Emerging evidence indicates that there has been an increase in the prescription of antipsychotic medications for people living with dementia in care settings during the COVID-19 pandemic. In this blog, Patient Safety Learning explores the patient safety concerns relating to the use of antipsychotic medications for people with dementia and suggests areas for further investigation and action.
The pandemic has had a devastating impact on those living in care settings, particularly on people with dementia. During the initial wave of the pandemic (between March and June 2020) over a quarter of people who died from COVID-19 in England and Wales had dementia, making it the most common pre-existing condition associated with COVID deaths. In addition to this, the imposition of restrictions to slow the spread of virus has had a particularly detrimental impact on the mental health, cognitive abilities, and physical wellbeing of people with dementia.
Recently there has been emerging evidence and reports indicating that, during the pandemic, there has been an increase in the number of prescriptions of antipsychotic medications for people with dementia. This has raised the possibility that a patient safety concern that pre-dates COVID-19, namely the inappropriate prescription of antipsychotic medications to people with dementia, may have been exacerbated by the pandemic.
Why are antipsychotic medications prescribed for people with dementia?
Antipsychotic medications are commonly prescribed for people living with dementia in response to the behavioural and psychological symptoms of the condition. Symptoms can vary and can include psychotic symptoms, such as hallucinations and delusions, as well as behavioural symptoms, such as aggression, restlessness, depression, and anxiety. If these symptoms appear to be causing the person significant distress, or if there is a risk of the person harming themselves or others, antipsychotic medications may be prescribed by their doctor to reduce the intensity of their symptoms.
Antipsychotic medications are accompanied by serious side effects for people with dementia, particularly if they are used for a period of several weeks. Side effects can include drowsiness, shaking and unsteadiness, and increased risks of infection, falls, blood clots and strokes.
Government acknowledgement of risks around the prescription of antipsychotic medications
Given the significant health impacts of these side effects, the widespread use of antipsychotic medications in care settings for people with dementia is a contentious issue. Alzheimer’s Society have raised concerns about the potentially inappropriate prescription of these medications given their harmful side effects. They have made the case that, in many instances, these medications may only have a moderate benefit and fail to tackling the underlying causes of patients’ behavioural and psychological symptoms.
The validity of these concerns has been accepted at a government level in the UK. A 2009 study by the Department of Health investigated this issue in depth and set out several recommendations aimed at reducing the use of antipsychotic medications for people with dementia. The study estimated that, out of 180,000 people with dementia treated with antipsychotic medication annually, around 140,000 prescriptions were inappropriate. Subsequently, through various dementia action plans and strategies, the UK Government and devolved administrations have set out plans to reduce this use of antipsychotic medications.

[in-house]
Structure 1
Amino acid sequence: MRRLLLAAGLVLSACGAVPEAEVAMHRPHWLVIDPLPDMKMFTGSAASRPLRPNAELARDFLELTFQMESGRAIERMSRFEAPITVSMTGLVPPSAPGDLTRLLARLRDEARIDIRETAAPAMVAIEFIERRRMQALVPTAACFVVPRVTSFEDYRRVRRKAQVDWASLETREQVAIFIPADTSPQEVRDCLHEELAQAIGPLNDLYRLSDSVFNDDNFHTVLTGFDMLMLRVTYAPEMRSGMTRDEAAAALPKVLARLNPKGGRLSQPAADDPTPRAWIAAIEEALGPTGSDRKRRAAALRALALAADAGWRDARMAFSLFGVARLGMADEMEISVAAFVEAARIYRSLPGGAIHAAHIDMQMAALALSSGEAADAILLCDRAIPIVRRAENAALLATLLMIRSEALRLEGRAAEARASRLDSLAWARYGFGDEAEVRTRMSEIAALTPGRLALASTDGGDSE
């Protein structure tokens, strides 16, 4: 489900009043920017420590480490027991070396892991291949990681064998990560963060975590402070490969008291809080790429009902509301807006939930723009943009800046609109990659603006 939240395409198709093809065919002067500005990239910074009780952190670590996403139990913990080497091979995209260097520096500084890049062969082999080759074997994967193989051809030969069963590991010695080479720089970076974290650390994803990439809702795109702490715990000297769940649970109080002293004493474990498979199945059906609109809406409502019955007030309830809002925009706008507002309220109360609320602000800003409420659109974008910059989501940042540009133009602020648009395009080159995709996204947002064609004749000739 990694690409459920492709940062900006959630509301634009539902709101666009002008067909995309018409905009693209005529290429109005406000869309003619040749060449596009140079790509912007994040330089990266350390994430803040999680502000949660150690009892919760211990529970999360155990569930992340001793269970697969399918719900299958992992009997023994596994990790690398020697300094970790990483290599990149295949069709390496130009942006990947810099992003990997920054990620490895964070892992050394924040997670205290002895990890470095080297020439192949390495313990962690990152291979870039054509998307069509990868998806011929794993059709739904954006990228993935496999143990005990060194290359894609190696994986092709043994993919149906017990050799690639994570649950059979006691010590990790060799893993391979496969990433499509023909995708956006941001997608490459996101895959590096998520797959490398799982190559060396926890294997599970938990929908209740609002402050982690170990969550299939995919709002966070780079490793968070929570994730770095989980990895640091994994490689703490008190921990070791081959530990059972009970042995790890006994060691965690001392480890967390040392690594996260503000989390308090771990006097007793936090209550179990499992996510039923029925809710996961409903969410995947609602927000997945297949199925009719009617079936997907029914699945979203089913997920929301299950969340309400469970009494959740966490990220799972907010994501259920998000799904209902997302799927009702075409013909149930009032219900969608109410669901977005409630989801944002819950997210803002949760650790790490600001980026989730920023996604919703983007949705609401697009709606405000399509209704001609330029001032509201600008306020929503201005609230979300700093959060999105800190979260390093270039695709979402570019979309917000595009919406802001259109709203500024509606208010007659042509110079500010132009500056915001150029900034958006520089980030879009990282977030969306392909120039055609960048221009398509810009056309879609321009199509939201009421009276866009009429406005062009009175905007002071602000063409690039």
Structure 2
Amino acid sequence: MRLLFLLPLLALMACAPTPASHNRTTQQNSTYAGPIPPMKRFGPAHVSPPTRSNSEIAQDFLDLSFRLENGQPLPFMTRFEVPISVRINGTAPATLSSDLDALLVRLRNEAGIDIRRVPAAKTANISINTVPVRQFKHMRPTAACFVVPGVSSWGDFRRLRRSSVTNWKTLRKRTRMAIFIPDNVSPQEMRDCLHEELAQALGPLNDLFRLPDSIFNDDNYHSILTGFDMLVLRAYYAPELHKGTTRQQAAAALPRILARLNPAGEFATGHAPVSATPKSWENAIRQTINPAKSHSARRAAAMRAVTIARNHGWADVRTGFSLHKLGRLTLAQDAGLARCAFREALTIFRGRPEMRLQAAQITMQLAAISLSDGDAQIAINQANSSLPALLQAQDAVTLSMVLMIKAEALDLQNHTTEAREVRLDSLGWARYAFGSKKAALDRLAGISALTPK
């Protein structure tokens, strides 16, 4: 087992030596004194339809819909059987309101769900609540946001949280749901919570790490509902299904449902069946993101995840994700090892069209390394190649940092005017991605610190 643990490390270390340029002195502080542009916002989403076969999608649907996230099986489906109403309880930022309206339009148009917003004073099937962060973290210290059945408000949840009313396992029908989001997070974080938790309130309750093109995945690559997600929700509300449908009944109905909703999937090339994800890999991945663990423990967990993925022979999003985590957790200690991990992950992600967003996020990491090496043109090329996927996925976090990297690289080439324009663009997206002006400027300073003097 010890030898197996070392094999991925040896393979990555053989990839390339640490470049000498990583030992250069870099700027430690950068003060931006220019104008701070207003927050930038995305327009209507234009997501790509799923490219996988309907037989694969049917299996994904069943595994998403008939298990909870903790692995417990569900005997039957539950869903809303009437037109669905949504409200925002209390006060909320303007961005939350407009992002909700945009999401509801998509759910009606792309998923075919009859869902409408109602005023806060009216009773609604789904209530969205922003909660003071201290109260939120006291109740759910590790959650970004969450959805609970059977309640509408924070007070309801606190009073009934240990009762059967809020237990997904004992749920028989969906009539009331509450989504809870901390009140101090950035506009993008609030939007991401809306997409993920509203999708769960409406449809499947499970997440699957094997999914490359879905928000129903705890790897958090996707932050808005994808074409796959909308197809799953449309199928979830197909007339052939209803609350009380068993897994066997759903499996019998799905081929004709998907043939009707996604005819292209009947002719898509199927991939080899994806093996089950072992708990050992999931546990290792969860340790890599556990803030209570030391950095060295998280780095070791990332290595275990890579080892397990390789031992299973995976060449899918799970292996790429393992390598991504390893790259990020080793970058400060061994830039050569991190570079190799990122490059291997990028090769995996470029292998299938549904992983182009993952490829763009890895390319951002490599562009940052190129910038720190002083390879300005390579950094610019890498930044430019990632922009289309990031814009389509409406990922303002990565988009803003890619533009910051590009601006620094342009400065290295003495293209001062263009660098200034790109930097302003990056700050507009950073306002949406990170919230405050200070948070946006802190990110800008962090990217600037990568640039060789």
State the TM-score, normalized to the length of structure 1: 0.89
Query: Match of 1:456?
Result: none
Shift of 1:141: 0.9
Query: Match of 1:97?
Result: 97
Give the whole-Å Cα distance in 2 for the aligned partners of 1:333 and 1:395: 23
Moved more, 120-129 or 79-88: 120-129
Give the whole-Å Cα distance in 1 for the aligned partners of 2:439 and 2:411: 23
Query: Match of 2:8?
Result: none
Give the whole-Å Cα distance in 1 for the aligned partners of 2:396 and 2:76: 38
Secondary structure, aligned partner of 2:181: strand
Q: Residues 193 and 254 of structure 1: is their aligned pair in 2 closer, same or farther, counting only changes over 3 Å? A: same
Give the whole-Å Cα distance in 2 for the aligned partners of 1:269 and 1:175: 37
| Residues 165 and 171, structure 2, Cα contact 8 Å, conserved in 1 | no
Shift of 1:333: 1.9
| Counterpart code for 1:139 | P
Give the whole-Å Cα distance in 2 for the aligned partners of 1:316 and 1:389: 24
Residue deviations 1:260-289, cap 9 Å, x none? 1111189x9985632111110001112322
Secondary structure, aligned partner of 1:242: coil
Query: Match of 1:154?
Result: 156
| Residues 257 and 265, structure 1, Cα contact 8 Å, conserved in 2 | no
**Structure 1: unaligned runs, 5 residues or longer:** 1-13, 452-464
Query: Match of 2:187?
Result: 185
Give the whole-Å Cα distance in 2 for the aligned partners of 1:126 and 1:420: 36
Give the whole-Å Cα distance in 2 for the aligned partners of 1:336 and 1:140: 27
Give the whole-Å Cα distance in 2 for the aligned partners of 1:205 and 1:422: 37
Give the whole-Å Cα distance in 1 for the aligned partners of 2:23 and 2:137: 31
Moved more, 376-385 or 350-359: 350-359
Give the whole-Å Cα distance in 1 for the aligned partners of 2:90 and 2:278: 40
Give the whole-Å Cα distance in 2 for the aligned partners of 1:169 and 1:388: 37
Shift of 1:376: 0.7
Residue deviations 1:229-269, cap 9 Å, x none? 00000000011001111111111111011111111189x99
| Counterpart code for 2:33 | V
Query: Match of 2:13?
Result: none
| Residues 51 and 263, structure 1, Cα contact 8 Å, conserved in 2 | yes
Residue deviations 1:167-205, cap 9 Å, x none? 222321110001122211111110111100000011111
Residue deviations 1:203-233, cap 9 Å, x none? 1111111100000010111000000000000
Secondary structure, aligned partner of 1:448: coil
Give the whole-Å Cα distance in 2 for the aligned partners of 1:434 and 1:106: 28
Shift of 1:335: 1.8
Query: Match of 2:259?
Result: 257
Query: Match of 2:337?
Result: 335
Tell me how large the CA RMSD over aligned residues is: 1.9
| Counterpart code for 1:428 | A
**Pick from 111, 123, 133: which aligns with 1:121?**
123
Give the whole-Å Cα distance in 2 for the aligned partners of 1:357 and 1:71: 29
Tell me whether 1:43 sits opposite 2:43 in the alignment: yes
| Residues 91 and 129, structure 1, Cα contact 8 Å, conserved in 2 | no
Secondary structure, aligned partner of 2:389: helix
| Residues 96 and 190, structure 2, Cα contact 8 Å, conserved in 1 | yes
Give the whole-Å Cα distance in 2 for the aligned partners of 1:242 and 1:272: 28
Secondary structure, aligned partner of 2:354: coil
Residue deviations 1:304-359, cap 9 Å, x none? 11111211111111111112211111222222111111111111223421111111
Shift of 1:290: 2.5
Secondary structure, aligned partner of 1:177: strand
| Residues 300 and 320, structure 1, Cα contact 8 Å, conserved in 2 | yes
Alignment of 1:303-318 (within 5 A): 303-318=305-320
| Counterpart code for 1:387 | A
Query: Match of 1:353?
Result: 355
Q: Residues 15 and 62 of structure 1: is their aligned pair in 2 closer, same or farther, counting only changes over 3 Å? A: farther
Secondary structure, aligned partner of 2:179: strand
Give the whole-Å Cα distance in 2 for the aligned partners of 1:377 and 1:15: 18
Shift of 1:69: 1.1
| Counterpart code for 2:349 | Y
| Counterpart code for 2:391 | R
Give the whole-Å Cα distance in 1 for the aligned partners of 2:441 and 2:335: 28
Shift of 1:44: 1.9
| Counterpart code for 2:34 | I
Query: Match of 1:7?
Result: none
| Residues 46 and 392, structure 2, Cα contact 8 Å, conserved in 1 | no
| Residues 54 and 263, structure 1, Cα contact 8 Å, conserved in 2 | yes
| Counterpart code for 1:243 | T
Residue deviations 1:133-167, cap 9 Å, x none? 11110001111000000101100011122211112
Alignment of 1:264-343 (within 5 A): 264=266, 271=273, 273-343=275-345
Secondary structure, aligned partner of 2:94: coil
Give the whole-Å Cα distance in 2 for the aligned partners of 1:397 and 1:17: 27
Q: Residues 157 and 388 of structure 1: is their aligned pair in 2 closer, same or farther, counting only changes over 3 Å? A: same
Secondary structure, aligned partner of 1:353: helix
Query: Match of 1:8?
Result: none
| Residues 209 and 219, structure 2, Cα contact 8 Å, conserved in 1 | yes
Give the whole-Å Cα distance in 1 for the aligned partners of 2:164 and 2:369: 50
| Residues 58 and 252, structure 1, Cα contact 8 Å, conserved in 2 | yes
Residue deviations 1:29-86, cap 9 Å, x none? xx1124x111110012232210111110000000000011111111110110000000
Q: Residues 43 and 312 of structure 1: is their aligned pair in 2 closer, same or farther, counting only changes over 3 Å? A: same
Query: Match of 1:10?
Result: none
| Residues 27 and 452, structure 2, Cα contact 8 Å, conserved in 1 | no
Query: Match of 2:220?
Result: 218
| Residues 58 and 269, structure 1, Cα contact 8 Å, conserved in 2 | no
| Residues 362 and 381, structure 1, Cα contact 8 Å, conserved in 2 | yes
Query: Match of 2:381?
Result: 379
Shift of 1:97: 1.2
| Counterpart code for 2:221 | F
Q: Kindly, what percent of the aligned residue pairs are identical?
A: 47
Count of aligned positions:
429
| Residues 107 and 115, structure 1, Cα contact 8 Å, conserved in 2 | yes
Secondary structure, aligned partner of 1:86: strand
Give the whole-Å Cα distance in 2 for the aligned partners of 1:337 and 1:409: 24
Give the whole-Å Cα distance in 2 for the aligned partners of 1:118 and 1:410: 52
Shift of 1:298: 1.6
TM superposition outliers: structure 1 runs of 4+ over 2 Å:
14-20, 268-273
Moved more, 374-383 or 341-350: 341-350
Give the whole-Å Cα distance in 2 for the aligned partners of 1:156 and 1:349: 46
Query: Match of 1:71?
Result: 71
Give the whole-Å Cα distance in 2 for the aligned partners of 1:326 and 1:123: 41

However, although identified as a safety risk for the past decade, it has proved difficult, in practice, to reduce the inappropriate use of antipsychotics in care settings. Despite policy commitments aimed at addressing this issue, there has been a lack of progress.  This was the case before the COVID-19 pandemic. Now, the situation is potentially becoming worse.
Increased use of antipsychotic medications during the pandemic
Emerging evidence suggests that this patient safety issue may have been exacerbated by the pandemic, with new data indicating a notable increase in the prescription of antipsychotic medications for people with dementia in the UK and Canada.  Campaigning groups and the media have drawn attention to this issue, highlighting the risks posed by a potential increase in inappropriate prescriptions of these medications.    Alzheimer’s Society has called for the Government as part of its roadmap to ease lockdown to formally investigate why the use of antipsychotic medications for people with dementia has risen during this period.
A range of causes are suggested as being responsible for this increase:
- Prescriptions being made in response to a worsening of symptoms, such as agitation and aggression. This deterioration is being linked to restricted contact with friends and family as a result of pandemic restrictions.
- Significant pressures on staff and insufficient levels of staffing, resulting in antipsychotic medications becoming the primary option for a person experiencing distressing symptoms, rather than first trying non-drug strategies for behavioural and psychological symptoms of dementia.
- Reduced ability of carers and family members to be effectively involved in making decisions over the use of these medications due to significantly reduced contact during the pandemic.
Key patient safety issues
There is a need for further work to be undertaken to establish whether this increase in prescriptions of antipsychotic medications also represents an increase in cases where this is being done so inappropriately. However, given our awareness of the pre-existing problem with inappropriate prescriptions, we believe there are potentially three key patient safety concerns arising from this issue.
1. Health impact